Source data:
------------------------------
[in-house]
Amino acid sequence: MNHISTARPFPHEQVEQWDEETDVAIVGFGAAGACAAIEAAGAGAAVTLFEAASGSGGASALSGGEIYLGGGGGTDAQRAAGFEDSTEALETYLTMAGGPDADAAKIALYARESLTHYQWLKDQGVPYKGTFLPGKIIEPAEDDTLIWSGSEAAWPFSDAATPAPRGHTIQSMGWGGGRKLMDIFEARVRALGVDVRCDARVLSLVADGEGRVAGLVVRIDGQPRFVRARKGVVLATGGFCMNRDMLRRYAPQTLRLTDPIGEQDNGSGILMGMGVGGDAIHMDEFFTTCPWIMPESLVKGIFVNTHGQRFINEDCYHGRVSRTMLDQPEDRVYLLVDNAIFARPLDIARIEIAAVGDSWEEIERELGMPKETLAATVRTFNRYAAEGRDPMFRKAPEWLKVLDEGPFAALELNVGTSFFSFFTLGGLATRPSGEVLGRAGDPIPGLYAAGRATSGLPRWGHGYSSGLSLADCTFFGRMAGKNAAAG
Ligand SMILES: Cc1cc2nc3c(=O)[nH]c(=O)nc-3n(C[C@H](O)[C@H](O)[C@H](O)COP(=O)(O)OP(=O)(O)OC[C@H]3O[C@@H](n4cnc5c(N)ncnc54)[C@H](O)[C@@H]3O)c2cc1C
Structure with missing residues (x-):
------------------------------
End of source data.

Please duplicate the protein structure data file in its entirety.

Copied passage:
[in-house]
Amino acid sequence: MNHISTARPFPHEQVEQWDEETDVAIVGFGAAGACAAIEAAGAGAAVTLFEAASGSGGASALSGGEIYLGGGGGTDAQRAAGFEDSTEALETYLTMAGGPDADAAKIALYARESLTHYQWLKDQGVPYKGTFLPGKIIEPAEDDTLIWSGSEAAWPFSDAATPAPRGHTIQSMGWGGGRKLMDIFEARVRALGVDVRCDARVLSLVADGEGRVAGLVVRIDGQPRFVRARKGVVLATGGFCMNRDMLRRYAPQTLRLTDPIGEQDNGSGILMGMGVGGDAIHMDEFFTTCPWIMPESLVKGIFVNTHGQRFINEDCYHGRVSRTMLDQPEDRVYLLVDNAIFARPLDIARIEIAAVGDSWEEIERELGMPKETLAATVRTFNRYAAEGRDPMFRKAPEWLKVLDEGPFAALELNVGTSFFSFFTLGGLATRPSGEVLGRAGDPIPGLYAAGRATSGLPRWGHGYSSGLSLADCTFFGRMAGKNAAAG
Ligand SMILES: Cc1cc2nc3c(=O)[nH]c(=O)nc-3n(C[C@H](O)[C@H](O)[C@H](O)COP(=O)(O)OP(=O)(O)OC[C@H]3O[C@@H](n4cnc5c(N)ncnc54)[C@H](O)[C@@H]3O)c2cc1C
Structure with missing residues (x-):